2. The Journal of Neuroscience published this study indicating that THC may reduces neuronal injury in rats and that  cannabinoids protect the brain against neurodegeneration.
3. This one argues that the CBD cannabinoid (cannabidiol) can cause a conclusive drop in the viability of brain tumor cell lines. Published in the Journal of Pharmacology and Experimental Therapeutics it concludes that CBDs produce antitumor activity.

Breast Cancer
4. The California Pacific Medical Centre published this study in the US library of Medicine to support that CBD can inhibits human breast cancer cell proliferation as well as significantly reducing tumor mass.
5. Study published in The Journal of Pharmacology and Experimental Therapeutics shows that THC as well as CBD can reduces breast cancer cell growth.
6. The Journal of Molecular Cancer published a study arguing that THC can reduce tumor growth and numbers and that cannabanoids may impair tumor angiogenesis, induce cancer cell apoptosis, and inhibit cancer cell proliferation.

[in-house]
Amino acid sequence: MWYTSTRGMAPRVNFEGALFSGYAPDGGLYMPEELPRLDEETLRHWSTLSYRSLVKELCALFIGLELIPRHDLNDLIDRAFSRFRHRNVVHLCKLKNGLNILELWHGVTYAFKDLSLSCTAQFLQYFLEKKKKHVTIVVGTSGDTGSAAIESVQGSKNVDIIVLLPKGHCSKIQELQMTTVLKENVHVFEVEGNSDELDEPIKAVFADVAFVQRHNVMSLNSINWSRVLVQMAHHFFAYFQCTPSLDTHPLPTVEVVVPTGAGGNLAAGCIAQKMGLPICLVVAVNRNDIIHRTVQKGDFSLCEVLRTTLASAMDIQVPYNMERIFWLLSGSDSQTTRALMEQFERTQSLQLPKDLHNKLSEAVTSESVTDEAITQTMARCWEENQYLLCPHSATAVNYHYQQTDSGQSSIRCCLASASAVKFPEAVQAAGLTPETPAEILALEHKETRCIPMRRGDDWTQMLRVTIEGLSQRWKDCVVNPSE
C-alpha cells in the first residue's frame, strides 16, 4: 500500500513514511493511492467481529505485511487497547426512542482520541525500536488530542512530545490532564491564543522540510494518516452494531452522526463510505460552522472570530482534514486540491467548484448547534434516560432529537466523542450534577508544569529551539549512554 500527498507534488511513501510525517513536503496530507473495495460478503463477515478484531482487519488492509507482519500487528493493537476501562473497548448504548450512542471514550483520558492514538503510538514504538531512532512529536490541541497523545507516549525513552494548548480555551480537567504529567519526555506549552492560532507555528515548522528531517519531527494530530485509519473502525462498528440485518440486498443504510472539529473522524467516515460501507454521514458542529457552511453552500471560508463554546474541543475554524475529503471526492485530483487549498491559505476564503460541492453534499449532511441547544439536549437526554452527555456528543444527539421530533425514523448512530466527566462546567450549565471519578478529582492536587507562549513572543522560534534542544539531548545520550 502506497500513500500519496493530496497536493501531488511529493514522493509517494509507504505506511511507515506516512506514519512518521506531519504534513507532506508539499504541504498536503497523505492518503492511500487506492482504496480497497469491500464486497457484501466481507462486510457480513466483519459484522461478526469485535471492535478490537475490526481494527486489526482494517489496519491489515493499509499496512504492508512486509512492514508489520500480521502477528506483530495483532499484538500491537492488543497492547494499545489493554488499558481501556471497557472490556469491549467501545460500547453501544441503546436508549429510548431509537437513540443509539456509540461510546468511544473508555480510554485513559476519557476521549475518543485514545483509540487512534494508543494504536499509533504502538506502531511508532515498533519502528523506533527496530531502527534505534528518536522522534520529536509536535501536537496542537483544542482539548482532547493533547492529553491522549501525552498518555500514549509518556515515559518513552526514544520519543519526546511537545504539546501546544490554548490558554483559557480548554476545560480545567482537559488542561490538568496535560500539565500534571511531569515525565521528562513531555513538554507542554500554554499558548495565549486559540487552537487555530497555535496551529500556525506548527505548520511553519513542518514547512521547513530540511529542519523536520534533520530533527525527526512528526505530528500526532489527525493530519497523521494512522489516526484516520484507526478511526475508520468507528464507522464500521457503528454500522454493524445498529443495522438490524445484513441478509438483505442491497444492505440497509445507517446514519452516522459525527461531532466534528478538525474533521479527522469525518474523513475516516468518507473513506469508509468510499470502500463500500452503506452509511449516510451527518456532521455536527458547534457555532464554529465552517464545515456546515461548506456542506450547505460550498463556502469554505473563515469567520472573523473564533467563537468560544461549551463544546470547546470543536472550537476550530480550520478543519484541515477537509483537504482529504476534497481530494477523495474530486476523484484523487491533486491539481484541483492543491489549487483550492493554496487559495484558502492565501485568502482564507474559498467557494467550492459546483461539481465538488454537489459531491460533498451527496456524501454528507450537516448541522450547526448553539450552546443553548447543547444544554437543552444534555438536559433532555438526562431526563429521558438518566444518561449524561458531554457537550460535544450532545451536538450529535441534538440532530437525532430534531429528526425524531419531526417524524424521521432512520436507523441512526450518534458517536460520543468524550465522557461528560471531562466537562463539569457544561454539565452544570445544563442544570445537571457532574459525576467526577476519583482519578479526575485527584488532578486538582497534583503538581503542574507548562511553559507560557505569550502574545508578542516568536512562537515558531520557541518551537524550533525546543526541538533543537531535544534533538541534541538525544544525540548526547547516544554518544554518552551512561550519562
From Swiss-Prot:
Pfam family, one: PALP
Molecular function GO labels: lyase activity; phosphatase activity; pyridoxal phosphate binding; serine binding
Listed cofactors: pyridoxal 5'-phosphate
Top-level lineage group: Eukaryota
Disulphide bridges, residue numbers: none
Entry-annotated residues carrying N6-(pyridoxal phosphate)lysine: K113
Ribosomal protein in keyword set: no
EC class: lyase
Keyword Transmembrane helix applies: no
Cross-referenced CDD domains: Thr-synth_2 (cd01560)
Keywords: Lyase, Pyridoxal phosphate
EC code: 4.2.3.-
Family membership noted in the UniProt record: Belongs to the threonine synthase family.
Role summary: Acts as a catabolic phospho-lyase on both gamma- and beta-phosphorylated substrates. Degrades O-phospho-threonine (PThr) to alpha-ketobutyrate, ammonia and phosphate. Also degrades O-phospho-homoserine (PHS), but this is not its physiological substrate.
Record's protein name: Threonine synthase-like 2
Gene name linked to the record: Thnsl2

7. This study indicates that cannabinoids may inhibit human breast cancer cell proliferation. It was published in the Proceedings of the National Academy of Sciences of the United States of America (PNAS)

Lung Cancer
8. The Harvard Medical Experimental Medicine Department suggests that THC inhibits epithelial growth factor induced lung cancer cell migration, and should be further studied to control the growth and metastasis of lung cancers. It was published in the Journal Oncogene.